Typically, you’ll be throwing flies with full sinking line and crawling the bottom with a wooly bugger, crawfish or anything else you can think of. Winter is slow, but fish can be caught that time of the year.
Best Destinations For Bass
Southern California and the southeast are known as hotbeds for big time largemouth fly fishing. These fish are eating and growing year-round. Allowing them to grow to incredible sizes. Lake Guntersville in Alabama, Lake Osceola in Florida, Lake Sam Rayburn in Texas, and Clear lake in California.
Smallmouth is probably best known as a northern fish. However, don’t count out the South. There are some strong smallmouth fisheries in the southern half of the country. Check out the New River in Virginia, The Black River in Arizona, Lake Erie in Ohio and Pennsylvania, Lake Champlain in New York, and Lake Ontario.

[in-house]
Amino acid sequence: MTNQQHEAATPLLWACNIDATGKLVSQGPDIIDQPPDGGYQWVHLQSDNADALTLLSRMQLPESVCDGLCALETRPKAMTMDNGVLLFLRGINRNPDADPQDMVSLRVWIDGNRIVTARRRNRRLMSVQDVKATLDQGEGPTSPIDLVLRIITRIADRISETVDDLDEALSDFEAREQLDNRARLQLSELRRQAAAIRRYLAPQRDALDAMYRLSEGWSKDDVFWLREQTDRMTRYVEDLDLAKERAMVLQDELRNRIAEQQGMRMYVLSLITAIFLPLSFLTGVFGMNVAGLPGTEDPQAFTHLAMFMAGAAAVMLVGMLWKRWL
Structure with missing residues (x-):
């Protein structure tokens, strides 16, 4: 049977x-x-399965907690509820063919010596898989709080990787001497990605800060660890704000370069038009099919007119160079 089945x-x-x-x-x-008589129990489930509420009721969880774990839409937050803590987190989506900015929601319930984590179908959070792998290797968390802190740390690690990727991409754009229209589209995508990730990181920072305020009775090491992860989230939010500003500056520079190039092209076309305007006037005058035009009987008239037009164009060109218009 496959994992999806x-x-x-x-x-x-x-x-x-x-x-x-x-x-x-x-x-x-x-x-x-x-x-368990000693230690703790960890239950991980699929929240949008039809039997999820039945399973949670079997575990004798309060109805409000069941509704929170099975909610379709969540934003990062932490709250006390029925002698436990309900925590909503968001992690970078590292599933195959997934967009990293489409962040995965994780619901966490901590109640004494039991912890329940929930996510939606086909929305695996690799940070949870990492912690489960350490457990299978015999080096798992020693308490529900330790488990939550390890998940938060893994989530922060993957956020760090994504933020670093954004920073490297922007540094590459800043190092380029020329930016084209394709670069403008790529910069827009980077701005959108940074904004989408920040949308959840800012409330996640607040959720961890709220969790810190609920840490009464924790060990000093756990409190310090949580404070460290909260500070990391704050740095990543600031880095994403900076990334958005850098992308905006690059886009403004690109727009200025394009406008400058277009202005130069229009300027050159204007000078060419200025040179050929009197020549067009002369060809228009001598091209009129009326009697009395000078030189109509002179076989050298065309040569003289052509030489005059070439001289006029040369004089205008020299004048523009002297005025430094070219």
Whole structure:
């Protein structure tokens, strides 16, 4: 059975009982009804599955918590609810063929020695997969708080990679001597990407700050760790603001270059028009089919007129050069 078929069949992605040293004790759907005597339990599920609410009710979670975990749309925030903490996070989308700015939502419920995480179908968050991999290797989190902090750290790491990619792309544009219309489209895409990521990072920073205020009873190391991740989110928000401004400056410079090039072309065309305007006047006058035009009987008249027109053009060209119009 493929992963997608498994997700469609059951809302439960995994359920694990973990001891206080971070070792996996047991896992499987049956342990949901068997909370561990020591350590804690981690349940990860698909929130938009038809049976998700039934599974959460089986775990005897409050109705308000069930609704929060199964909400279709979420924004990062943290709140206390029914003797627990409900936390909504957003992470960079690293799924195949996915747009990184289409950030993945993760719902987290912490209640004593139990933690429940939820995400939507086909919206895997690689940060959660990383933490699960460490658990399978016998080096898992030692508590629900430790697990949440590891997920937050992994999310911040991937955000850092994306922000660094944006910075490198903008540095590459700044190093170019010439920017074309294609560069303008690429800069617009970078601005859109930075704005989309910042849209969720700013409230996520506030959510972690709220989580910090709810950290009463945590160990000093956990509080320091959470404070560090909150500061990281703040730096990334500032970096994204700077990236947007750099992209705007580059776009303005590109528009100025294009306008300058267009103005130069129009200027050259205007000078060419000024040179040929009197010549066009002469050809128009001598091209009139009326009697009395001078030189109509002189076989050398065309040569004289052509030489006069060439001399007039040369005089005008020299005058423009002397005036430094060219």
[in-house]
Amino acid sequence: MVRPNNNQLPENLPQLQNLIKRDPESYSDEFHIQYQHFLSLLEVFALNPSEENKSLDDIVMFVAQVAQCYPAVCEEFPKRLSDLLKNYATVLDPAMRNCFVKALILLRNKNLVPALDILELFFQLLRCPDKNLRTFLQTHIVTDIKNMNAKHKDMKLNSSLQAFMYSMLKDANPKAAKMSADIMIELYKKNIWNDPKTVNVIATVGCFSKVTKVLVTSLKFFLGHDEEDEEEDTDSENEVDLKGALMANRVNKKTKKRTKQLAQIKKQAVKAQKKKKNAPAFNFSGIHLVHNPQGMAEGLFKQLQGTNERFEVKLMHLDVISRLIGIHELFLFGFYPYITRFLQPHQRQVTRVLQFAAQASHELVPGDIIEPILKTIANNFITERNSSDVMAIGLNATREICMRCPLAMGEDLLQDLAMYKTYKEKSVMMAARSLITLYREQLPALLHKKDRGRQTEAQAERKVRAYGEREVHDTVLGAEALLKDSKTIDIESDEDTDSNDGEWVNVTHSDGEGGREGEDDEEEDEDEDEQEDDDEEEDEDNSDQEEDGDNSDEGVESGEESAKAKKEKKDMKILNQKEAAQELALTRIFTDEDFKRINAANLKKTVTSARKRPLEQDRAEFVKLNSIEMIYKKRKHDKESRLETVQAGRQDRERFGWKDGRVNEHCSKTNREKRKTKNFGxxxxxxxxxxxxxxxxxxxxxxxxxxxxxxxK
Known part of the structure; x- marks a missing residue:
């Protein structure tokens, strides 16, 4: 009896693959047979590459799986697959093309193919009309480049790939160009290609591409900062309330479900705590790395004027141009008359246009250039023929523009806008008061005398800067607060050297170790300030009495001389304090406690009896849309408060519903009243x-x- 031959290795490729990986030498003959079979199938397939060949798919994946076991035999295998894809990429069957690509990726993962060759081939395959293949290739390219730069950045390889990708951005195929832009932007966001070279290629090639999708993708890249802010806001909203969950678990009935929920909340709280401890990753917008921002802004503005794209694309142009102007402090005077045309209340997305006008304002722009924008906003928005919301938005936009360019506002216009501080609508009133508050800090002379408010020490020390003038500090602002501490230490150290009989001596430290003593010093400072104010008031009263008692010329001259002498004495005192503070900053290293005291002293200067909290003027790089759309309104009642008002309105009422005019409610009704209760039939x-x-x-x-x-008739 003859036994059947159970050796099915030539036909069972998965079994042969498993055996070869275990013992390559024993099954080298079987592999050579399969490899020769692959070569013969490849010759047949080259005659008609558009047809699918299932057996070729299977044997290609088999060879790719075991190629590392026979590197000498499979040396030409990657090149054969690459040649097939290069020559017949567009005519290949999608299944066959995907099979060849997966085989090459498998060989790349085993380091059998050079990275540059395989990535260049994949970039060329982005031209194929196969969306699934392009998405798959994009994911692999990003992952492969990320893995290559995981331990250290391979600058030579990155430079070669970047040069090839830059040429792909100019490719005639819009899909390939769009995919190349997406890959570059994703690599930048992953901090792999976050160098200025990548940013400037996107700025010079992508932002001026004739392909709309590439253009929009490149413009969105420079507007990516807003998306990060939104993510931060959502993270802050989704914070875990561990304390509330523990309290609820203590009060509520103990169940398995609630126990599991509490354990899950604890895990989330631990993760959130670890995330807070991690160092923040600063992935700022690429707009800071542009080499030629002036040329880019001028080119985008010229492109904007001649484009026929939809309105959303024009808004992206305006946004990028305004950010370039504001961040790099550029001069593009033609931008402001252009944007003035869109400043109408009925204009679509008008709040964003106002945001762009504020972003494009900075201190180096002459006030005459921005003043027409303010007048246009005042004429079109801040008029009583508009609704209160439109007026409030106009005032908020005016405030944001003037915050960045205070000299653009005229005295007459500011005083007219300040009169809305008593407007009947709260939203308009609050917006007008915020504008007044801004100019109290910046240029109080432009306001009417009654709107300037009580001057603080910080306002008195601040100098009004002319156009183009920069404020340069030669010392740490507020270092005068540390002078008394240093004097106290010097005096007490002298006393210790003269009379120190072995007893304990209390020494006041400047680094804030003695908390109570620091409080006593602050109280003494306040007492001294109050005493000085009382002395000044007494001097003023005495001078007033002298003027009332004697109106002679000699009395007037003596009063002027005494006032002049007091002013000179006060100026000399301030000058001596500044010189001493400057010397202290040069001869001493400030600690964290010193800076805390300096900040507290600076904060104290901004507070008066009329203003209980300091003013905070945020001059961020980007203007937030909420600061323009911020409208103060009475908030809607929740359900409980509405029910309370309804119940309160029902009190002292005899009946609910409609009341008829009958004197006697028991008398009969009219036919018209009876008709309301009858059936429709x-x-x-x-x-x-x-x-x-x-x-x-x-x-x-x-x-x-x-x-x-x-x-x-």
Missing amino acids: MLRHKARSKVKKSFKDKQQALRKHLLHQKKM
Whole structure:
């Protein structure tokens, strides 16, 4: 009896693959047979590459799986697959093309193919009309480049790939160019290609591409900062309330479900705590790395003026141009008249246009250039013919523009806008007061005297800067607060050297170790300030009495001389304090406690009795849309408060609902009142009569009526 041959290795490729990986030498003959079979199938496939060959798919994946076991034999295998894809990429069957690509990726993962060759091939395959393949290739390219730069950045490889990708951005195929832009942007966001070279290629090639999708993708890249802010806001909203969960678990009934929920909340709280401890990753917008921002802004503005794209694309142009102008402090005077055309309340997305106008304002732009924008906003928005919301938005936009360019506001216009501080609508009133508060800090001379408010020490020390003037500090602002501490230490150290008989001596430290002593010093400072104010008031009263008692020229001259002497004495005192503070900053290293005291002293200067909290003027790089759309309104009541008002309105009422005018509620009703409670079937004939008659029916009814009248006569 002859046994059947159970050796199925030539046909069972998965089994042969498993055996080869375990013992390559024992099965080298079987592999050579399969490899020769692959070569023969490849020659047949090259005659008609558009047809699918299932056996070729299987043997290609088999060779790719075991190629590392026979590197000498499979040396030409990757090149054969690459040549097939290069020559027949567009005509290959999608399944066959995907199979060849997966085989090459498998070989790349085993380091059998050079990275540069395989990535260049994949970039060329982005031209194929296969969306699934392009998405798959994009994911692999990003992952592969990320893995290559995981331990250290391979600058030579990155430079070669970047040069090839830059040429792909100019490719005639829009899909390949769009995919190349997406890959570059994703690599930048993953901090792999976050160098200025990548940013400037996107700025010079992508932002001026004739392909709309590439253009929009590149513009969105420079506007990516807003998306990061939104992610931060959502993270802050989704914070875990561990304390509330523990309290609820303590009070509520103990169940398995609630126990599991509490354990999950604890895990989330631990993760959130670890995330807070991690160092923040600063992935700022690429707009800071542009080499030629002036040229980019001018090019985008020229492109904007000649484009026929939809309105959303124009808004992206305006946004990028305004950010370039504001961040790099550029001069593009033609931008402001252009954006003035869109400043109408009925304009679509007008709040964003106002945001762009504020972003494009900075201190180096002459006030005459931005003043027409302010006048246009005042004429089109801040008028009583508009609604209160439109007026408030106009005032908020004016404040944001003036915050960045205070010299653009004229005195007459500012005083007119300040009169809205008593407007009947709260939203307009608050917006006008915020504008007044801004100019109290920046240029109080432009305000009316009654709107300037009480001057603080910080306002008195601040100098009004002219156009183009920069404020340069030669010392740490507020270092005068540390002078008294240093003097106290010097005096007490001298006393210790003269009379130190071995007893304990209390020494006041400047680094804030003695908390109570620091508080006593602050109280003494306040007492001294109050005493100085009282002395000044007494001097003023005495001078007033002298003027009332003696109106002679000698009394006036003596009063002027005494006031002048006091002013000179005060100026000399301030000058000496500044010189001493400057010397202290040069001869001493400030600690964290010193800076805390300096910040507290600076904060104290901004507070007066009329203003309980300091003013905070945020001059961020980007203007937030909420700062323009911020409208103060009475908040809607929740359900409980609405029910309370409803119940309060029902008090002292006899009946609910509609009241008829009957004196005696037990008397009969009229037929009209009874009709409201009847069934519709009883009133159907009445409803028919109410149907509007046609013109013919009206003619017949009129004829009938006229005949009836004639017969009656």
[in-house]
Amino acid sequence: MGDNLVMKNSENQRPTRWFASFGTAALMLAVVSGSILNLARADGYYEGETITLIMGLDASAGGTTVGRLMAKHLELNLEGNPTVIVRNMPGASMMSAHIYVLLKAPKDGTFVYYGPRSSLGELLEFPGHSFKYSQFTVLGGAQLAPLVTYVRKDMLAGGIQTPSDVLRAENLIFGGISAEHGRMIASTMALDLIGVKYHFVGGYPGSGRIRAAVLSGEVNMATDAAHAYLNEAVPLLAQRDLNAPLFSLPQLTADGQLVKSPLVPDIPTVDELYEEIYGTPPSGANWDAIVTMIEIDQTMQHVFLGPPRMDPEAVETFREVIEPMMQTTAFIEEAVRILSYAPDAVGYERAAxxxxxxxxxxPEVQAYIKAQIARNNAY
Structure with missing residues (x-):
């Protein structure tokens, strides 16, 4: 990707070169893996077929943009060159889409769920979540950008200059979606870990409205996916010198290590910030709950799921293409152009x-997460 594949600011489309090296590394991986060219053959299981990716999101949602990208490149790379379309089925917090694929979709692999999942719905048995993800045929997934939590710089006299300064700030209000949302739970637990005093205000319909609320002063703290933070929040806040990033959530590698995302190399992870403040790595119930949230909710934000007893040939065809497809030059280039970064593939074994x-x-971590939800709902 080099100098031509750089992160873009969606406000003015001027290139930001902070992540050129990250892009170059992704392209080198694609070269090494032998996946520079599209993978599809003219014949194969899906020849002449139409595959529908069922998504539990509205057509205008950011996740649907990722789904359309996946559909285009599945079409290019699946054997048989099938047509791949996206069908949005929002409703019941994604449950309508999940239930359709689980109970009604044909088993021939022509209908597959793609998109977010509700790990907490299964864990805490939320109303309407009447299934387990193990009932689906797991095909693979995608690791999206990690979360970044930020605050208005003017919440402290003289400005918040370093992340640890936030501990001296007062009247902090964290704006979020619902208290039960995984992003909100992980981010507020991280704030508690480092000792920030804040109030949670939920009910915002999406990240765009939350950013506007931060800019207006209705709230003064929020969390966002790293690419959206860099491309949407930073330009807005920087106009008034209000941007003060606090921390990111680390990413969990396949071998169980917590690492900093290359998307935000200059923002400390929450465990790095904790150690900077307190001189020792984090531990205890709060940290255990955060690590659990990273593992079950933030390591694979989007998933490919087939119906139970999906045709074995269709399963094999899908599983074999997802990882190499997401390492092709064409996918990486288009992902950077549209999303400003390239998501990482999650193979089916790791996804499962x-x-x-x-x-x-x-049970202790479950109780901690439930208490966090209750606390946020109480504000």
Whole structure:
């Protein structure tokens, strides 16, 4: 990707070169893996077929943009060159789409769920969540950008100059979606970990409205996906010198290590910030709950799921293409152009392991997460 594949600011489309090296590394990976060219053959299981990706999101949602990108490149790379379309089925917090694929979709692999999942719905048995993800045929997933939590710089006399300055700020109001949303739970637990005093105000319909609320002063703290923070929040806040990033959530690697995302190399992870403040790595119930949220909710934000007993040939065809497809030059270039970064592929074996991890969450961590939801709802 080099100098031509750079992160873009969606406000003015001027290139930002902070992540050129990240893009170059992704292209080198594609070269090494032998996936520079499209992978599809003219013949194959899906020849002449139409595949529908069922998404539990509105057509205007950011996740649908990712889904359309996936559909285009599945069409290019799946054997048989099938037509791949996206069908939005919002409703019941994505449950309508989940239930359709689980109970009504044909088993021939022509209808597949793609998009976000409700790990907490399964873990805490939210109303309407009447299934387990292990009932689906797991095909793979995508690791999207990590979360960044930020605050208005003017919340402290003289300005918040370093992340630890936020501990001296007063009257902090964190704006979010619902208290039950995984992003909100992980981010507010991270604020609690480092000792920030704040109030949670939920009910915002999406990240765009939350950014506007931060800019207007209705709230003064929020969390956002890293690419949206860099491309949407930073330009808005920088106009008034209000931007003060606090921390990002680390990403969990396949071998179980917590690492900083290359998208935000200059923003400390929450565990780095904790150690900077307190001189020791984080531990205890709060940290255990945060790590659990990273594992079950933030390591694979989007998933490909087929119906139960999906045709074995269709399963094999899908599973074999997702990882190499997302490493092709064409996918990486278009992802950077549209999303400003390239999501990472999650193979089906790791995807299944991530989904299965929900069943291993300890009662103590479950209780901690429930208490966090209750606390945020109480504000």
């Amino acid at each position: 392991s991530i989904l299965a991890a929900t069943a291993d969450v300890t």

It’s always surprised me how bass fishing with a fly rod hasn’t really caught on. They can put up a great fight and a smallmouth donned in its vertical tiger stripes is just as pretty as most trout.
So, hopefully the article above inspired you to go back to your favorite bass water and try to fish it with a fly rod. They can be great fun and if you ever need a changeup from trout then bass is the way to go!
Dallas Hudgens Author’s Bio
Dallas spends most of his time chasing bass in the mountain streams of his home state of Virginia and paddling around farm ponds throwing wooly buggers to bream and trout. When not fishing, he’s writing about it over at IntoFlyFishing.com where he shares his favorite fly gear, fly fishing techniques and fly fishing destinations.